Oh, how the mighty have fallen.
The Academy Awards — at its best, a beacon of cinematic prestige and, at its worst, a three-hour snobbish back-patting of Hollywood’s brightest stars — have become a headline mainstay in recent months for all the wrong reasons. A new category meant to honor the year’s most “popular” film was announced, an obvious effort to appease audiences who were hoping blockbuster smash “Black Panther” would nab a coveted Best Picture nomination. Kevin Hart was tapped to host the ceremony, only for his homophobic jokes and refusal to apologize for said abhorrent jokes to taint the job to such a degree that the Academy decided there would be no host at all. Just in the last week, it was announced that four crucial awards — Cinematography, Film Editing, Live-Action Short Film and Makeup and Hairstyling — would be given out during commercial breaks. Surely, the only way the situation could get any worse would be if the ceremony was moved from the Dolby Theatre to an Applebee’s restaurant. (You know, to spice things up!)
Although the Academy appears to have realized these desperate attempts at modifying its awards structure are useless and flat-out disrespectful to the art of filmmaking and rescinded all of these awards decisions, there is almost no point in trying to salvage this year’s ceremony. Several nominees have massive amounts of controversy attached to them — hello “Green Book” and “Bohemian Rhapsody” — and predictions for viewership are even more abysmal than last year’s rock-bottom ratings. Trying to predict who and what will take home Oscars after so many genuinely baffling decisions is an exercise in futility. But so is trying to trim this show down to under three hours, so let’s give it a whirl anyway.
Best Picture: “Green Book”
If “Crash” can take home Best Picture in a year where its competition included “Brokeback Mountain” and “Capote,” then surely “Green Book” can pull off a play worthy of “The Blind Side” and snag this award in spite of its messy tone and unrepentant dismissal of the real-life events it was inspired by. The film has seen great success so far this season and its warm-fuzzy message about overcoming racial differences (“I don’t see color!” the producers will doubtlessly declare when they accept the award) is Oscar-bait so perfect that even “Driving Miss Daisy” is jealous.
Best Director: Spike Lee, “BlacKkKlansman”
This might just be wishful thinking, but one can only hope the Academy will try to atone for its decades-long snubbing of Lee’s work and finally reward him for the explosively entertaining and accessible “BlacKkKlansman.” The win would be worth it just to hear the acceptance speech Lee has had 20 years to prepare.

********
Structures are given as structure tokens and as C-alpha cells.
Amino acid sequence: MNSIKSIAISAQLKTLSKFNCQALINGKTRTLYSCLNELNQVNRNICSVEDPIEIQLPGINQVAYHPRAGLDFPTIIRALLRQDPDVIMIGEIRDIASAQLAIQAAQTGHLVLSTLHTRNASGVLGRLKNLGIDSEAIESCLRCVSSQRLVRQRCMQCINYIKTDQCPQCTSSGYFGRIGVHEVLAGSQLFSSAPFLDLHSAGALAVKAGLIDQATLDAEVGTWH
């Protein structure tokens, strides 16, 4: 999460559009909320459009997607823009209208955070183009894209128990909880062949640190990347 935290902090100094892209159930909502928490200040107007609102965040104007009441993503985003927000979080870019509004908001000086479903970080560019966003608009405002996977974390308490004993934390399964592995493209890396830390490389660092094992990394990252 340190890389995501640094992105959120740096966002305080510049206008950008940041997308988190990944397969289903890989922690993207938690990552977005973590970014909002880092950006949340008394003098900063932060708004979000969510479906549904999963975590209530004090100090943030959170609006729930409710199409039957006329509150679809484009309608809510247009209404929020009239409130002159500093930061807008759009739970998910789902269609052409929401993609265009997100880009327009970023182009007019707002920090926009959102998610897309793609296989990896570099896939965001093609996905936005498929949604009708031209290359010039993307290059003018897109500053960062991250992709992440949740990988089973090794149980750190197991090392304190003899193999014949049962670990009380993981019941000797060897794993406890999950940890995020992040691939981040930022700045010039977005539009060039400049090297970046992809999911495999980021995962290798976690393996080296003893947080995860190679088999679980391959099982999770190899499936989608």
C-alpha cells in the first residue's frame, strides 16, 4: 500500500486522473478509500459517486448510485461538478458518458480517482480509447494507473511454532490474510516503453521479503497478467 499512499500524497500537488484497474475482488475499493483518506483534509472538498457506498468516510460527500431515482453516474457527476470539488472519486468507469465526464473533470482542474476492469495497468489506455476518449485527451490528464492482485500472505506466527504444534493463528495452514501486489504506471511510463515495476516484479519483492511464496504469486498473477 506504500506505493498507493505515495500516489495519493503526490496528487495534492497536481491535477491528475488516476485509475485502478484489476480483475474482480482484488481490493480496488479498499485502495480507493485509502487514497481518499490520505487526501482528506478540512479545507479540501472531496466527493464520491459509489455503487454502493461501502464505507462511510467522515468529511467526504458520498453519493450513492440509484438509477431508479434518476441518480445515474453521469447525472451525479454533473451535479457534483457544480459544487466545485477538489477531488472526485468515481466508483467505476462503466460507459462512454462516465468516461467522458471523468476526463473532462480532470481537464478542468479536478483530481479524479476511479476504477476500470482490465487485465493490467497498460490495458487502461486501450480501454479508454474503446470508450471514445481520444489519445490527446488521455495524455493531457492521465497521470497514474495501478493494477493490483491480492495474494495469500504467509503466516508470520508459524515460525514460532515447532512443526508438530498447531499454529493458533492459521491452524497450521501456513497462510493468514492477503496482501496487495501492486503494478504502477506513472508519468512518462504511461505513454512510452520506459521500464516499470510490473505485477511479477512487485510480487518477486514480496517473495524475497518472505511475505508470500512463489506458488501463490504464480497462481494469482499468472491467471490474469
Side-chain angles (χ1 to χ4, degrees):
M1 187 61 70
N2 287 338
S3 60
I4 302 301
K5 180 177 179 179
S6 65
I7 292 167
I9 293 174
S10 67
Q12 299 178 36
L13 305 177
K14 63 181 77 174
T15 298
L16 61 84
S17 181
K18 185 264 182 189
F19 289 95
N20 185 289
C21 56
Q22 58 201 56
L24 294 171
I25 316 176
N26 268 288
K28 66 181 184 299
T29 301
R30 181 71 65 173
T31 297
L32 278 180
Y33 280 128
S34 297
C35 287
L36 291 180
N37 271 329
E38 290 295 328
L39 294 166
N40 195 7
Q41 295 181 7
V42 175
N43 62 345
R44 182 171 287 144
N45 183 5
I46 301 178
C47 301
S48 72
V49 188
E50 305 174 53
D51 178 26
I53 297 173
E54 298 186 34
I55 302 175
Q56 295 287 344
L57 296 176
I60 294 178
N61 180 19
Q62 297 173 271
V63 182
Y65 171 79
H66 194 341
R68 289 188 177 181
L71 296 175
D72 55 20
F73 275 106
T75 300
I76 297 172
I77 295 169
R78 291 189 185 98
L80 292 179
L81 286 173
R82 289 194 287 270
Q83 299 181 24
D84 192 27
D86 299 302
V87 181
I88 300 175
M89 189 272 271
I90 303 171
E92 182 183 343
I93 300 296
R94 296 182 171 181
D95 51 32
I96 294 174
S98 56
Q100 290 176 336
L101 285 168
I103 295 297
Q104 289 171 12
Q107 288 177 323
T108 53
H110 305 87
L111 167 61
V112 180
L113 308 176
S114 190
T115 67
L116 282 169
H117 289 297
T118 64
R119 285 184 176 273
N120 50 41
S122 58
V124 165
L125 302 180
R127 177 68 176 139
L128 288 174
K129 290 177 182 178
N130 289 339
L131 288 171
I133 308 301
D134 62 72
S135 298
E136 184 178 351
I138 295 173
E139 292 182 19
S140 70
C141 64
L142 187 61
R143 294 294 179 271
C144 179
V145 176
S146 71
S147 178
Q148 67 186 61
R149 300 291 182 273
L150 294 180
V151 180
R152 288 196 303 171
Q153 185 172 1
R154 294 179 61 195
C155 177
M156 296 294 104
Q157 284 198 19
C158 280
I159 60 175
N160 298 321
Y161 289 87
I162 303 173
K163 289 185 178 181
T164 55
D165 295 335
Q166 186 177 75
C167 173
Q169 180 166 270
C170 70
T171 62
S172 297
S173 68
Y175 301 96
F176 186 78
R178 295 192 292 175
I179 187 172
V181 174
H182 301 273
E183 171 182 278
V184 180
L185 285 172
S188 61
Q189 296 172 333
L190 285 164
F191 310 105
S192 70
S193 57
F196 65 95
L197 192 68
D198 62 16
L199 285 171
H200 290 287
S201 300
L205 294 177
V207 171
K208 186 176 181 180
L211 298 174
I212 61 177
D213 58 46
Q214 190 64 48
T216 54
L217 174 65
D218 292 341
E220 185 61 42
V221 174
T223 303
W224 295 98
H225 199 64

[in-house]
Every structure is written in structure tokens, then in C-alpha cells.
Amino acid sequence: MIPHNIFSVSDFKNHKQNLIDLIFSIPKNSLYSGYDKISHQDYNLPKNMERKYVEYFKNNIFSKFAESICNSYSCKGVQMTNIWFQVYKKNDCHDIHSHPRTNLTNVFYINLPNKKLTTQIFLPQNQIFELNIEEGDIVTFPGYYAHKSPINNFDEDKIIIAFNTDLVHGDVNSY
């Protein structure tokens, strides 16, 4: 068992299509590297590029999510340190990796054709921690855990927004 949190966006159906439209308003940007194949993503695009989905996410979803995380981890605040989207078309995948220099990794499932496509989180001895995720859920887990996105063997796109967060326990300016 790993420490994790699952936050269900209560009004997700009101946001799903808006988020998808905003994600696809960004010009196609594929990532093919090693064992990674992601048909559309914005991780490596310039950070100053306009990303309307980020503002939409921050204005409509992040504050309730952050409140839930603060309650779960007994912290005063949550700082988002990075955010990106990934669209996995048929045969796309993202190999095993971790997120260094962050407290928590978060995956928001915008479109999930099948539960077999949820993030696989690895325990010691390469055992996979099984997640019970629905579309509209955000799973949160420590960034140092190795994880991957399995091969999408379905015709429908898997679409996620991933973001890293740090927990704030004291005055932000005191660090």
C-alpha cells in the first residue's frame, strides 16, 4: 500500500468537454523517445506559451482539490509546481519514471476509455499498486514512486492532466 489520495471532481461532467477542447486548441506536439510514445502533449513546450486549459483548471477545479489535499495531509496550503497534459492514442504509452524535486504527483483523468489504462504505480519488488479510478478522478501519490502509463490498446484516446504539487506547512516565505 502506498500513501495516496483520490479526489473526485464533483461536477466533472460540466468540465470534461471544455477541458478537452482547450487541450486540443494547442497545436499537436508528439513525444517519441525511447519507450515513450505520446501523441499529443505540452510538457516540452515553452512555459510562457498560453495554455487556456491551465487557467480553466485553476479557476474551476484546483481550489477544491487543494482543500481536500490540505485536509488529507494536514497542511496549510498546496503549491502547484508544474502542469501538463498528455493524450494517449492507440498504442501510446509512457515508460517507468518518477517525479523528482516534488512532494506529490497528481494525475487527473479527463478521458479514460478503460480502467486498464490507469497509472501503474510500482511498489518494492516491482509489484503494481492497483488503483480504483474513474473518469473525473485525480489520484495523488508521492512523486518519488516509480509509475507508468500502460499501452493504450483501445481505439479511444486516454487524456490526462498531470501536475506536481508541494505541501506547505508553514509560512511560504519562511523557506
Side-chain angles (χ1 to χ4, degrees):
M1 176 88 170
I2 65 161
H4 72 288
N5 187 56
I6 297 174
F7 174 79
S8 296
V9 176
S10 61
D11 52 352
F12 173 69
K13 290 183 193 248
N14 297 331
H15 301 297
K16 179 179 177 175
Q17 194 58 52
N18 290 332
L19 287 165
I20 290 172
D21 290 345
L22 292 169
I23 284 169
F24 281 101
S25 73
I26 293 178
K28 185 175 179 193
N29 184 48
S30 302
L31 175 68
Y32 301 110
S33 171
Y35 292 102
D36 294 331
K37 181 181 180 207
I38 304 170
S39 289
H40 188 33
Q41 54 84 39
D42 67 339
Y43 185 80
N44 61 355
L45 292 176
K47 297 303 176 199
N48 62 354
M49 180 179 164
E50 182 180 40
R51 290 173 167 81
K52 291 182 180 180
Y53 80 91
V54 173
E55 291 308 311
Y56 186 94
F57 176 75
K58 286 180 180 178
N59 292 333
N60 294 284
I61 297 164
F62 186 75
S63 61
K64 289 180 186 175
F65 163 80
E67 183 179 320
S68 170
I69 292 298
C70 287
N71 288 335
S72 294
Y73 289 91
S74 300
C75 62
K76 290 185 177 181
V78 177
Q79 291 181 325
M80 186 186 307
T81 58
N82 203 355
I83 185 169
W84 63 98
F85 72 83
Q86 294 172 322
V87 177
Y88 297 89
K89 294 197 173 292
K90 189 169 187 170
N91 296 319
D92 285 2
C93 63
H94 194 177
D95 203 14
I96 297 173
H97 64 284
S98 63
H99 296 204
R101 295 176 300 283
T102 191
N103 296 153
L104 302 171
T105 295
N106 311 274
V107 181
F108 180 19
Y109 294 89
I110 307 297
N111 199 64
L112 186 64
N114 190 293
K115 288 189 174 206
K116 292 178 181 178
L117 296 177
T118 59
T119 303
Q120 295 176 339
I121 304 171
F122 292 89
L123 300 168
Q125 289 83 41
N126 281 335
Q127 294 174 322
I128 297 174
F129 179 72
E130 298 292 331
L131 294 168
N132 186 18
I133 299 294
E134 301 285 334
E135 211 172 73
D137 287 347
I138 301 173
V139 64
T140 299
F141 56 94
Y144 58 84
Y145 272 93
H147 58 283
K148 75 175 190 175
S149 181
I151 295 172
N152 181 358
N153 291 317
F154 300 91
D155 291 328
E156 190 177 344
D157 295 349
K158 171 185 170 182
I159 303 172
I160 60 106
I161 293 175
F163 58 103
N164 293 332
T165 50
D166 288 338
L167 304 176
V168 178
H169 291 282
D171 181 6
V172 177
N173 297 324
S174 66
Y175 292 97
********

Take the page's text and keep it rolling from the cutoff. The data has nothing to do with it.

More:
Best Actor: Christian Bale, “Vice”
He put on prosthetics to look like Dick Cheney. He altered his voice to sound like Dick Cheney. He has the same birthday as Dick Cheney. Bale’s dedication to the role makes him a shoo-in for the win.
Best Actress: Olivia Colman, “The Favourite”
Colman has deservedly been enjoying an awards sweep this season for her leading role in “The Favourite” and an Academy Award seems like the logical conclusion to this journey for her (although how incredible would it be if Glenn Close won for “The Wife,” a film that nobody on Earth — not even Glenn Close, presumably — has seen?)
Best Supporting Actor: Mahershala Ali, “Green Book”
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Ali has also been enjoying an awards sweep for “Green Book” and appears poised to secure Best Supporting Actor, which would give him two statuettes for his shelf, having taken the award home two years ago for “Moonlight.” He turned in a solid enough performance, but the award really should go to the ghost of Doctor Don Shirley for showing admirable restraint in not haunting Nick Vallelonga and Peter Farrelly for twisting his life into a story where structural racism gets solved because a black man teaches a white man how to write.
Best Supporting Actress: Rachel Weisz, “The Favourite” (or Emma Stone)
Somewhere in Hollywood, a room full of Academy members are blindfolding each other and taking turns throwing darts at Rachel Weisz’s and Emma Stone’s headshots to determine which one will win. (Stone has Academy Award experience to spare, but Weisz turned in the better performance of the two. Only the darts can decide now.)
Best Foreign Language Film: “Roma”
It seems odd to have “Roma” compete for both this award and Best Picture, but perhaps this is the Academy’s attempt to have its cake and eat it too when it inevitably denies this gorgeous film a Best Picture win and hands it a Best Foreign Language Film award instead. This is a shame given this category is absolutely stacked this year with pictures like “Cold War” and “Shoplifters” that will inevitably be passed over.
We had originally planned to write about all 24 awards, but in an effort to keep this article under 800 words, we have decided not to predict the rest of the awards. Winners will instead be announced during this article’s ad break.